This Ring Scans Text and Reads it Aloud for Visually Impaired People

By Gizmodo on at

No braille? No problem! This FingerReader by the Fluid Interfaces Group at the MIT Media Lab is a high-tech way to help visually impaired people read; it actually scans printed text and narrates it aloud.

This short vid shows how it works from a few different angles, but basically: as a fingertip follows along in a book (or Kindle), a camera in the oversized ring records and analyses the words, which are then said in a Stephen Hawking-like voice. Haptic clues—like vibrations—are given to the user when she nears the end of a line and to note where a new one begins, as well as if she begins to drift off track.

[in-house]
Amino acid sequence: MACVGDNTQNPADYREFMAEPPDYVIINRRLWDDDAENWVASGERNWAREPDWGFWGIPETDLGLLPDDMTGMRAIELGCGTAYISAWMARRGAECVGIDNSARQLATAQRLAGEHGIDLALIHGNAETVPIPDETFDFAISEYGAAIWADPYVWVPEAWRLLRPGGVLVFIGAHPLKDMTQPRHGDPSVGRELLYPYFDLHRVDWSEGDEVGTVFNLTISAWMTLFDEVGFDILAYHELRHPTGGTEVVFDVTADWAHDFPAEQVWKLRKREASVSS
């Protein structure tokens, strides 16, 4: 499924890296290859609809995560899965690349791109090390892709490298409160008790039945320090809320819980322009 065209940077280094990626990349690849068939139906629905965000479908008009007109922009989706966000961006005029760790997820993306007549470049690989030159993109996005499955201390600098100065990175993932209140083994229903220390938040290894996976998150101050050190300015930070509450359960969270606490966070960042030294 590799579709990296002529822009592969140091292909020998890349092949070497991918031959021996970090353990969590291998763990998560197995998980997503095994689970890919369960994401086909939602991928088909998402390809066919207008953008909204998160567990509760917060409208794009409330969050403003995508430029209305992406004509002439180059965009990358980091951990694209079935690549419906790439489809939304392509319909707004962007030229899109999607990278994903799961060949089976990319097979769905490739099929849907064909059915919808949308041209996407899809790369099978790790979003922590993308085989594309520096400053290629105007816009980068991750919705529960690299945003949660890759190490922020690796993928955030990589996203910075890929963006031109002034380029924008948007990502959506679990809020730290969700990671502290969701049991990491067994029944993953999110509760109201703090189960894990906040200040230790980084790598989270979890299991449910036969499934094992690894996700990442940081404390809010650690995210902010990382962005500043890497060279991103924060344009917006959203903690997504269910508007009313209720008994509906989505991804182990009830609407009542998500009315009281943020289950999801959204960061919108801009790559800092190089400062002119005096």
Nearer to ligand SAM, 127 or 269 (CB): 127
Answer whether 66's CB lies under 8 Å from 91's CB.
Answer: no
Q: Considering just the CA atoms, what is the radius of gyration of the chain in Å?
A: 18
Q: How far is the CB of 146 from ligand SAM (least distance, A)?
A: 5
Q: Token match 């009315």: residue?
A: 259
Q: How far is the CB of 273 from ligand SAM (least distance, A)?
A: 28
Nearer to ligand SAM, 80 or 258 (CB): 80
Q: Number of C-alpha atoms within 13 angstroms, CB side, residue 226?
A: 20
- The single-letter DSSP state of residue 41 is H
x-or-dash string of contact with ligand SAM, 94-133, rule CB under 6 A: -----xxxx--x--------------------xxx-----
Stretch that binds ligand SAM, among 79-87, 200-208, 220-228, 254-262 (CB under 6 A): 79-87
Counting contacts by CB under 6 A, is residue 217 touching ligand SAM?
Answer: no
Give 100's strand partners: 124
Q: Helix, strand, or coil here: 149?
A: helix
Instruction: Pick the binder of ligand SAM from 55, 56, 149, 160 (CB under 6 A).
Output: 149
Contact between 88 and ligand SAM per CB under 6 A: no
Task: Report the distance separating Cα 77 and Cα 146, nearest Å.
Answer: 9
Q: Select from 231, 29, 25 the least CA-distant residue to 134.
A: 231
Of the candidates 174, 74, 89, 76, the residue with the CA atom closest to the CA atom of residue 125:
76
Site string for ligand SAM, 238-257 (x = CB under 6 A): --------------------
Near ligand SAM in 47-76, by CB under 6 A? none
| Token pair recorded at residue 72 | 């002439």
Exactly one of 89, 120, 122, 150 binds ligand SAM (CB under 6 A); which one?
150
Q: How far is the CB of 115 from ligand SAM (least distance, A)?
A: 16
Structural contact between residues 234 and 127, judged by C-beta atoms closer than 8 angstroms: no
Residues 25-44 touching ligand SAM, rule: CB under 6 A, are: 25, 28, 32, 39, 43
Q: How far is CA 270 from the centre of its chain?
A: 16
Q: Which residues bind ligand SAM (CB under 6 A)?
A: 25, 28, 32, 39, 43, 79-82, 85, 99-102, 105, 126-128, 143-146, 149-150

Plus, apparently it's also a freaking translator! Imagine just running your hand along a page written in another language and being able to understand the whole thing.

Of course, it seems like a headphone jack might be a solid addition, so the sounds don't get lost in a noisy room (or bug others in a quiet setting), and it might be tough to take in a whole novel like this, but it seems like it's got awesome potential. [Fluid Interfaces Group]